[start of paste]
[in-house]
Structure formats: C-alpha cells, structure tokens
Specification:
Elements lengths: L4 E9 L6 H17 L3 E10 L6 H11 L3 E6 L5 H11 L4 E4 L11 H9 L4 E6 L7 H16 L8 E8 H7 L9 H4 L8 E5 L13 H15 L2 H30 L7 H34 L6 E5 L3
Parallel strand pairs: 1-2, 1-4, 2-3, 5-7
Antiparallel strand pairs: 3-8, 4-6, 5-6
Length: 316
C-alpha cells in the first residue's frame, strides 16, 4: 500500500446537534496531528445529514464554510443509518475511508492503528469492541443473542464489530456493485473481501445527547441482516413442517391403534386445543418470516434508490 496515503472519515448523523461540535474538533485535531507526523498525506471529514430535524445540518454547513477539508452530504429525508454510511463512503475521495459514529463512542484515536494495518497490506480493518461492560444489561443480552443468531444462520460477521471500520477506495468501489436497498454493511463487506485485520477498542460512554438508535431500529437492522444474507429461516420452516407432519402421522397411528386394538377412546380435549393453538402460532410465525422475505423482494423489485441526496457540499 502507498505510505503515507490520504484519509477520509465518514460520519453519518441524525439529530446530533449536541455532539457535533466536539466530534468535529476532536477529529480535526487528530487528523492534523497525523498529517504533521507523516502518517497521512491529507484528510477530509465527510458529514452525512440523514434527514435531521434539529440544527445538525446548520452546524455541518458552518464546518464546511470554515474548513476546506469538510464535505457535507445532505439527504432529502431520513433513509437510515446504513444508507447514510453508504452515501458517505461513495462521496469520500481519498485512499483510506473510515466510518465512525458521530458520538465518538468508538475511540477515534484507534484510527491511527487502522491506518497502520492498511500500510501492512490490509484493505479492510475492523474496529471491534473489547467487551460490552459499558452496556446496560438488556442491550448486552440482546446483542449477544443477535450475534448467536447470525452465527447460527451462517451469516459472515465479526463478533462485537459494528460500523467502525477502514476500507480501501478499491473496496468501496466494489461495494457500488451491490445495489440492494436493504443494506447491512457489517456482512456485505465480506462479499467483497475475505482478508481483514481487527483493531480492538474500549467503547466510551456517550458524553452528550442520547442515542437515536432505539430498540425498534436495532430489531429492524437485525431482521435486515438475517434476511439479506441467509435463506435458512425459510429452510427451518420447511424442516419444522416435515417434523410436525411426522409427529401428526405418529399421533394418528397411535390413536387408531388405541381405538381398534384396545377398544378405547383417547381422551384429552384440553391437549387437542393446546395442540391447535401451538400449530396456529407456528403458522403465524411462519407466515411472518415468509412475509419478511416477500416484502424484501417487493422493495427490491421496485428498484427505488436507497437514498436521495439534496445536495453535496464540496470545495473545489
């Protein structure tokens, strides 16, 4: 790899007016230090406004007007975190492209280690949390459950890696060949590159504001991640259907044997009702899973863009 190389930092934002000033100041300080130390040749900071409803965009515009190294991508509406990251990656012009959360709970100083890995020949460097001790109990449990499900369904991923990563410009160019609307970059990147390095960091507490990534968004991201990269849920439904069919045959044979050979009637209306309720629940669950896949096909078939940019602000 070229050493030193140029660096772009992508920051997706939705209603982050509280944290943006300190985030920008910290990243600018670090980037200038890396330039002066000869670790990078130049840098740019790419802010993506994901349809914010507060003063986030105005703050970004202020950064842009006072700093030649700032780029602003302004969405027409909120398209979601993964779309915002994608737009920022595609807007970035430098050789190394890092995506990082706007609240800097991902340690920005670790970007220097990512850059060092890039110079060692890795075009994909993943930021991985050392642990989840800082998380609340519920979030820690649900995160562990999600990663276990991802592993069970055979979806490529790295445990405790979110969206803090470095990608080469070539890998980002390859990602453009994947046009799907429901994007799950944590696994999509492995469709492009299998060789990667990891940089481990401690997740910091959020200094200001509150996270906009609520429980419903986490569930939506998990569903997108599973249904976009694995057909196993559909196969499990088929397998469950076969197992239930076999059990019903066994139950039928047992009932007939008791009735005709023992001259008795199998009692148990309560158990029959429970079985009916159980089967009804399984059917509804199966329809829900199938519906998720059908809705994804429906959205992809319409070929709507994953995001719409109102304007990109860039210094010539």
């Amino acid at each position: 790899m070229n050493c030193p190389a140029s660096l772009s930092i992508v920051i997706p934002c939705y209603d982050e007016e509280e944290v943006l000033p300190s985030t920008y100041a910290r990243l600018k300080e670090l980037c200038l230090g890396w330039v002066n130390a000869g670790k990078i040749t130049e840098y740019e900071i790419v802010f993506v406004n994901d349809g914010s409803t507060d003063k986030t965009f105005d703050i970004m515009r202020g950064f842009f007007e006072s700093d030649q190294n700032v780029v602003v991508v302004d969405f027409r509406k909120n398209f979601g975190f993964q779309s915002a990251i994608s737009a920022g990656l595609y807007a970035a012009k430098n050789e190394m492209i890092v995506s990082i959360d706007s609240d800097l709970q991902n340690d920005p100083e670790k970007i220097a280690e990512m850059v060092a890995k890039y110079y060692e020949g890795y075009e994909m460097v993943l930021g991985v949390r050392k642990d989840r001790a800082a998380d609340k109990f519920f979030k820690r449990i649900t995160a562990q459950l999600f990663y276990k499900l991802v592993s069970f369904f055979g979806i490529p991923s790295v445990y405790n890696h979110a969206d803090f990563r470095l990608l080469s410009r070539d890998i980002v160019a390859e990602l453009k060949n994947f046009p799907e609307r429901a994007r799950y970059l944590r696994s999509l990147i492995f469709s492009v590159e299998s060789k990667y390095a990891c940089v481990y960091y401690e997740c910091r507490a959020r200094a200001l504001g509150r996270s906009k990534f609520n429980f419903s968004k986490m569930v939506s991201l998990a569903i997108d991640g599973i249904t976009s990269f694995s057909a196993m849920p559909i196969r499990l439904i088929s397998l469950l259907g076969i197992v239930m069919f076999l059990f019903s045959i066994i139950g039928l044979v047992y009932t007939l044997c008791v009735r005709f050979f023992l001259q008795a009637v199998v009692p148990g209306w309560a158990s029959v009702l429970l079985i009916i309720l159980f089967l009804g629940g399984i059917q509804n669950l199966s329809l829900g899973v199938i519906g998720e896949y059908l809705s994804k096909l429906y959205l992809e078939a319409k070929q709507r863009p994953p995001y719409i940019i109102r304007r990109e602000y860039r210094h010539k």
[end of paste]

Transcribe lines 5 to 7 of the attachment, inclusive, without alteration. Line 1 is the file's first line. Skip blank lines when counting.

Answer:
Parallel strand pairs: 1-2, 1-4, 2-3, 5-7
Antiparallel strand pairs: 3-8, 4-6, 5-6
Length: 316